Finally, the taxpayers in Fort Worth may find out just how badly they were burnt on a real estate development project they were told was for flood control in their city.
Panther Island, which Texas Scorecard has previously reported on, is a project run by the Trinity River Valley Authority (TRVA)—a subsidiary of the Tarrant Regional Water District, Tarrant County, and City of Fort Worth—that has cost the taxpayers $60 million of federal taxpayer money, and over $300 million from taxpayers locally, all in attempt to turn a part of Fort Worth into a hip entertainment hub reminiscent of San Antonio’s Riverwalk. The project has been estimated to eventually cost a grand total of over $1 billion.
Given the TRWD’s purpose is to manage water and flood control, the entertainment project has been viewed as starkly outside the scope of the taxing entity’s mission and, unfortunately for the taxpayers and residents of the city, after 13 years the still unfinished project has become a monument to government waste and inefficiency.
Now the taxpayers may finally get some answers. The TRVA board hired Riveron Consulting last week to audit the entire Panther Island project after Fort Worth Mayor Betsy Price and the city council called for an in-depth financial assessment of the project last October. The cost to the taxpayers for the audit is over $450,000.
Interestingly, Riveron was the only bidder to take on the review.
Panther Island has also been awash in allegations of nepotism as the executive director of the TRVA is the son of U.S. Rep. Kay Granger (R–Fort Worth). Granger also used her position in Congress to secure ongoing federal taxpayer money, on top of local taxpayer funds, to help cash flow the project until Washington, D.C. recently turned off the spigot.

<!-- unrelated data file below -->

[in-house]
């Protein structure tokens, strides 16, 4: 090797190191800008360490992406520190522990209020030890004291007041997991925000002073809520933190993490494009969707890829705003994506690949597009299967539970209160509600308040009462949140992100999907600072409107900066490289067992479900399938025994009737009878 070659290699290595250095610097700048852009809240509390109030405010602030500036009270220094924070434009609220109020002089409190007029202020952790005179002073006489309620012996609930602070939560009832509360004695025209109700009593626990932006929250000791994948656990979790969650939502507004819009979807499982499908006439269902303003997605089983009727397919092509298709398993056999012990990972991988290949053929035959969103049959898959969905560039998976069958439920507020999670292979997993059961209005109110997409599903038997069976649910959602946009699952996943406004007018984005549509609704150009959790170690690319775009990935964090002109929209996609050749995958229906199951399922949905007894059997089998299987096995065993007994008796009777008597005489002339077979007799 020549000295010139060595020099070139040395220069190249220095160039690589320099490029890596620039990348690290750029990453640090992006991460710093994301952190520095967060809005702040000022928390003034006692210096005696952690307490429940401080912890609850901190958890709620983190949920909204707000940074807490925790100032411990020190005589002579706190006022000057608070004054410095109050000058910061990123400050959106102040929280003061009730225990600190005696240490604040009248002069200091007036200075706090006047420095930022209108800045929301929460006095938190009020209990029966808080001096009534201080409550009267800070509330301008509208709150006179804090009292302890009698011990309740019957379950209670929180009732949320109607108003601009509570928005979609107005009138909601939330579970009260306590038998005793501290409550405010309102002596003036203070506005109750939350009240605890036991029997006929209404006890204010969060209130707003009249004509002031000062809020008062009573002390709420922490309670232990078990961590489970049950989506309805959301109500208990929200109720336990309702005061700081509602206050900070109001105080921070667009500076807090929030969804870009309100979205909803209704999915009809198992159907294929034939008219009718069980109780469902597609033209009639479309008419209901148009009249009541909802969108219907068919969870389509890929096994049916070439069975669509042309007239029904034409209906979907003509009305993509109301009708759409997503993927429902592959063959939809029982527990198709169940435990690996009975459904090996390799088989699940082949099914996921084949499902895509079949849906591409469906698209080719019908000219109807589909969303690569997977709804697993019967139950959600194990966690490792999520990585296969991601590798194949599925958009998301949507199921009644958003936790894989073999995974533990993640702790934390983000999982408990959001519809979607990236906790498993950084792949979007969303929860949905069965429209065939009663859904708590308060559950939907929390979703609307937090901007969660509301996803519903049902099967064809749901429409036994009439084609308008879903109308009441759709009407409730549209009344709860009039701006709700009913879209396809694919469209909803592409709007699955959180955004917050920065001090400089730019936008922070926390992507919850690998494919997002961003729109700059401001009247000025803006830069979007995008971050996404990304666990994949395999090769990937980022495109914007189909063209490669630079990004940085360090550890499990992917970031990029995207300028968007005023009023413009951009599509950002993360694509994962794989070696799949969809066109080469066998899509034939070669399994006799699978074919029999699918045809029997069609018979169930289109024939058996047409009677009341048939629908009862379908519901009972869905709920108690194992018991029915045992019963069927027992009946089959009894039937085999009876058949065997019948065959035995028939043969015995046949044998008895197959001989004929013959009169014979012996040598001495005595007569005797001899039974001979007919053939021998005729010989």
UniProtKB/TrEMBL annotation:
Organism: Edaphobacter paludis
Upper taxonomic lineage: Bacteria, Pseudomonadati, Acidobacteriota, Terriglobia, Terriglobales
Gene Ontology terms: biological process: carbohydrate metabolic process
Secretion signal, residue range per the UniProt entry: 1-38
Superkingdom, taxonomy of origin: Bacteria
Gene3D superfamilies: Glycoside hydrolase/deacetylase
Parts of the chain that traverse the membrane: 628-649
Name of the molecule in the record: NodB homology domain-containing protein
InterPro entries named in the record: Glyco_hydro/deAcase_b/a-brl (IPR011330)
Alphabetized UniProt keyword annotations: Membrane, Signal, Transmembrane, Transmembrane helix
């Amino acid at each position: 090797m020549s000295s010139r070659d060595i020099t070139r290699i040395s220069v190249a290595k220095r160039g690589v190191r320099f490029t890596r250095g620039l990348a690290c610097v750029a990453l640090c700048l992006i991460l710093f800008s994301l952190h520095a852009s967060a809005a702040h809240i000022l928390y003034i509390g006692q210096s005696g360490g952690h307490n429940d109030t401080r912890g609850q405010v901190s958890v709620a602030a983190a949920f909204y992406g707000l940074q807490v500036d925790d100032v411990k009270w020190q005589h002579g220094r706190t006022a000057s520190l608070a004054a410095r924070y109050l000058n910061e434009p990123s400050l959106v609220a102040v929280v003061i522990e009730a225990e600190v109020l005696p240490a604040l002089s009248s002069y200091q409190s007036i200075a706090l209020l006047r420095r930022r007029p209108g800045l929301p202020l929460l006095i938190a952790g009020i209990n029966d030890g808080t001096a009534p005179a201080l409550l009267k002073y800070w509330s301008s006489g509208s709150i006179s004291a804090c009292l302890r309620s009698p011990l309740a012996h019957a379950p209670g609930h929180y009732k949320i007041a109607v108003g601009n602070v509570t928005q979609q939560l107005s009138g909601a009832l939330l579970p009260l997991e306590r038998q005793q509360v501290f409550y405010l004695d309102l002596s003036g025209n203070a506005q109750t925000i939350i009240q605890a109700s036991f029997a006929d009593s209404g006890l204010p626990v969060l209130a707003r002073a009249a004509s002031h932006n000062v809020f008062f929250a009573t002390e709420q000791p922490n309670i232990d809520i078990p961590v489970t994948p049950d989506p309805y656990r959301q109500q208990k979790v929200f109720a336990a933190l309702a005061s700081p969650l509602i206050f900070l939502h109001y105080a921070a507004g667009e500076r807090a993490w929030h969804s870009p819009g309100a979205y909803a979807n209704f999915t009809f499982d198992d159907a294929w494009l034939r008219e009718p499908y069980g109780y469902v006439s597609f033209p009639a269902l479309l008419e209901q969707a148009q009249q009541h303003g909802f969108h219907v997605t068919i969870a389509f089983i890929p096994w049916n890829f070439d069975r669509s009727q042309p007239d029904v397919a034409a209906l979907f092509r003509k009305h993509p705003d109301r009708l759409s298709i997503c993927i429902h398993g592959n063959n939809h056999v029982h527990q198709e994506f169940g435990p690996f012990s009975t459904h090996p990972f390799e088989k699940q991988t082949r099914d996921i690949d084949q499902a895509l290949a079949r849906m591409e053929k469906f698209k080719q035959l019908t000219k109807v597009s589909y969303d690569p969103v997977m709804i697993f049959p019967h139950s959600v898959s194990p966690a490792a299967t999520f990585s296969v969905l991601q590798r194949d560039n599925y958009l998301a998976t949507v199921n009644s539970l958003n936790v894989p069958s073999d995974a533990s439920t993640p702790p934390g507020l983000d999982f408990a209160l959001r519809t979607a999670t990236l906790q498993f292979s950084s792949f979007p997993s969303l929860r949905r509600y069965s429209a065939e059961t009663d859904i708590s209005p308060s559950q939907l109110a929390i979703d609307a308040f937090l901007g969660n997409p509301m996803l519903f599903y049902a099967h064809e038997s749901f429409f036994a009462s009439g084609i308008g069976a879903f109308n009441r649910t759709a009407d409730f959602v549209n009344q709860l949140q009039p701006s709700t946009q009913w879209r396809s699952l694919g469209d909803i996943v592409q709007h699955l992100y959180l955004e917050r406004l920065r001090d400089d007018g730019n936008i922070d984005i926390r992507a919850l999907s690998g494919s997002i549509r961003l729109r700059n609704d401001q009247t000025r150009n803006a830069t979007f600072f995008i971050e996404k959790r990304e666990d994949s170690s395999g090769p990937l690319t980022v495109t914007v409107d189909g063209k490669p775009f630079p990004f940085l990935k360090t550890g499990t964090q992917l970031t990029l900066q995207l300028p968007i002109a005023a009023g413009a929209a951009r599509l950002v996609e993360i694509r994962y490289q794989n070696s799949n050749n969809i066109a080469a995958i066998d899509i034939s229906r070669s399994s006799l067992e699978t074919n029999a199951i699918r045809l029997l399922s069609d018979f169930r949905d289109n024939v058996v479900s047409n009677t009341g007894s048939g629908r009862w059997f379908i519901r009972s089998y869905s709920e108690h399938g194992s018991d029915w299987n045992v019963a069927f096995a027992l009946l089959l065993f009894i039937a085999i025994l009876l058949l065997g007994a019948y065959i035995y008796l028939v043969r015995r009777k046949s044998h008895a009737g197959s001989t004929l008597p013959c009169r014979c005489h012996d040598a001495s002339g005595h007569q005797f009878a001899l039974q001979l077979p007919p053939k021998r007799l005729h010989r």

Former TRWD board member and candidate for next month’s board election, Mary Kelleher, has insisted that an analysis of this project is long overdue. “I asked the local [U.S. Army Corps of Engineers] to do a cost/benefit analysis of this project in 2017 and my requests were, and continue to be ignored,” she said in an interview. “While I served on the TRWD board, I learned one wasn’t done because Congresswoman Kay Granger pushed to exempt the project from the cost/benefit analysis and the requirement was waived by Congress.”
Gary Moates, another candidate challenging incumbent TRWD board members Jim Lane and Martha “Marty” Leonard, has also expressed support for a cost and benefit analysis of the project.
And this isn’t even the latest problem involving the TRWD, as Texas Scorecard is now investigating if taxpayers were the ones paying for the TRWD to give away boxes of goodies to fifth-graders at an elementary school.
Both Kelleher and Moates have been endorsed by former Fort Worth City Councilman and conservative activist Clyde Picht.
In this race, the top two vote-getters will be elected to the board.
Early voting for the May 4 election begins April 22.
Information in this article has been updated since publication.